Keeping on Track: The Use of a Plot


Vision 70


Keeping on Track:


The Use of a Plot


Dr. Bob Rich

Bob's Writing

Copyright © 2012 Dr. Bob Rich, All Rights Reserved




There are two ways to construct a story:


  1. Create some characters. Put them in a setting, and let them do what they want.

  3. Construct a detailed plot, and expand it into a story in a number of well-defined steps. I think a story written intuitively, with only the vaguest idea of where it is going until it gets there, produces better writing. If you have this attitude, you're pretty well guaranteed to present everything from the point of view (POV) of people in the book. After all, the author's job is to bring the characters to life -- then get off the stage.


But. . . .


But you need heaps of experience to do this well. I have edited many books that are full of author intrusions (which interrupt the reality of the story and should be cut out with scissors), and wander all over the place with no unity or connectedness, and are full of bits of subplot that go nowhere and are never brought to a conclusion. Even the whole book sometimes fails to reach a conclusion.


This makes a story no fun to read. It is un-publishable. I invariably advise the author to treat this book, however promising it may be, as raw material for writing the second attempt, rather than something that can be fixed.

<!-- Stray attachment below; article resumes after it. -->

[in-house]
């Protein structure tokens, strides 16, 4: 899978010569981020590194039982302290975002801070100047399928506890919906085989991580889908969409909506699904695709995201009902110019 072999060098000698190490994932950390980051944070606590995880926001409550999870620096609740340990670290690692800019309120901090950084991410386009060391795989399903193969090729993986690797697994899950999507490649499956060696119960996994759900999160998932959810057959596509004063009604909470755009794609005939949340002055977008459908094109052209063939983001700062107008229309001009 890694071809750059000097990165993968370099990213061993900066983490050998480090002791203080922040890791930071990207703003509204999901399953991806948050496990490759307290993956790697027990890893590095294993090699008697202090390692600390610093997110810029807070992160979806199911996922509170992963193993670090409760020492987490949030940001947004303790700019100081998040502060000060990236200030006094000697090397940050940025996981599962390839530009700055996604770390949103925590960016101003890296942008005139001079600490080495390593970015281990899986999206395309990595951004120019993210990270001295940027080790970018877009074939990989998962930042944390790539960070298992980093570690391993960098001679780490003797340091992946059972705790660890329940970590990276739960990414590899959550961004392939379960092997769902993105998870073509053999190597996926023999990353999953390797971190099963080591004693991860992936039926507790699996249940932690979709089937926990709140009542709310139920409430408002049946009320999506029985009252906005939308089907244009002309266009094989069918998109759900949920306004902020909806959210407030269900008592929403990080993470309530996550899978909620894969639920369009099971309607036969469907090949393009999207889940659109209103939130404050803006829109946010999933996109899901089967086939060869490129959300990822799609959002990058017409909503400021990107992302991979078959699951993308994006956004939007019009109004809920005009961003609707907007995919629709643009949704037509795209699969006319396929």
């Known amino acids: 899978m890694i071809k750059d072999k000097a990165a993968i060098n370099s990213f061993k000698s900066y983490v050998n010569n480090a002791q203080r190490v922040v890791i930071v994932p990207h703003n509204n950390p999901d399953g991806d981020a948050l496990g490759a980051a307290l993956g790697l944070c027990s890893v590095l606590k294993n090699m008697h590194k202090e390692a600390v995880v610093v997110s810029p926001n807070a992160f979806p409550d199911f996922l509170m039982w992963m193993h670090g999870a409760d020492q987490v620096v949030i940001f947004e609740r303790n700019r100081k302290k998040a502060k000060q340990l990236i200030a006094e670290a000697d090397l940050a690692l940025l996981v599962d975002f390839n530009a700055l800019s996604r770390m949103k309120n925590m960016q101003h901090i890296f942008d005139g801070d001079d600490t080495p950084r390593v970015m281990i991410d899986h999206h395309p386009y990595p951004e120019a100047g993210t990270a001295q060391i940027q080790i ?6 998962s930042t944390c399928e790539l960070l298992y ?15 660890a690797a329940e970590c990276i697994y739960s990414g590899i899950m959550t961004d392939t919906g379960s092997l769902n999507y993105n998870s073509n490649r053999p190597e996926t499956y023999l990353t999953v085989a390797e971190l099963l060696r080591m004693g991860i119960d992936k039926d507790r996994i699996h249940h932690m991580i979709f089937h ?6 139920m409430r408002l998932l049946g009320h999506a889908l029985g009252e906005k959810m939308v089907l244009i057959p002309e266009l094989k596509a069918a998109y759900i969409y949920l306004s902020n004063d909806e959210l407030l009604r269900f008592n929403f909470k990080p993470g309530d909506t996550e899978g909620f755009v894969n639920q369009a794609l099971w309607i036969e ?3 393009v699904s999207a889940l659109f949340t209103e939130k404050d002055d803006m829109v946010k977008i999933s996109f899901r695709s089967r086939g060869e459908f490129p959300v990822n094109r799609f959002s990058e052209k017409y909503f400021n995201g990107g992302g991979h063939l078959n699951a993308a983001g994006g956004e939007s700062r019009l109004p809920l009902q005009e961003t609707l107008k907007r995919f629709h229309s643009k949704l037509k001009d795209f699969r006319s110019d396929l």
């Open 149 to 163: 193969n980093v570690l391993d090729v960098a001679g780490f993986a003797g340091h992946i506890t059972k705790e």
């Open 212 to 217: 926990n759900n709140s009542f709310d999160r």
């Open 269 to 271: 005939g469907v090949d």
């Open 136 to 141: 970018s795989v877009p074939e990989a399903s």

Until they develop an automatic rudder through experience, they should follow the second path of detailed plotting.


Here is my advice to a recent editing client, whose book was written in wonderful, lyrical language, and had fascinating content:


Please read through once, studying my recommendations. Then I suggest you put the book aside for a couple of months to let it go "cold," then do an entire rewrite.


When you resume, start by constructing a plot, like this:

  1. Describe the entire story in one sentence. This is the tag line.

  2. Expand this into a 200 word blurb.

  3. Go into more detail, writing a synopsis of 500 to 1000 words.

  4. Now construct a bulleted list of points that gives all the steps in the development of the story.

  5. Expand each bulleted point into a chapter summary. Each of these will be between 100 and say 500 words.

  6. Expand the brief description of a chapter (its entry in the chapter summary) into a series of scenes. Each scene has a location, a witness from whose point of view it is presented, usually other characters, action taking place, and a justification regarding how it advances the story.

  7. Finally, write each scene. The first paragraph will give the witness's name, and some immediate inner event like a bodily sensation, a thought, perception or the like. It will also immediately locate the scene with very brief snippets of description woven in.

This means that the story hangs together in a logical way. It contains nothing that fails to advance the plot. Everything is written from the point of view of a character.


One of the benefits of constructing a plot like this will be to remove the jerkiness in the narrative. Everything should have a logical connection. This is not to say you can't have subplots, but that they are woven in smoothly.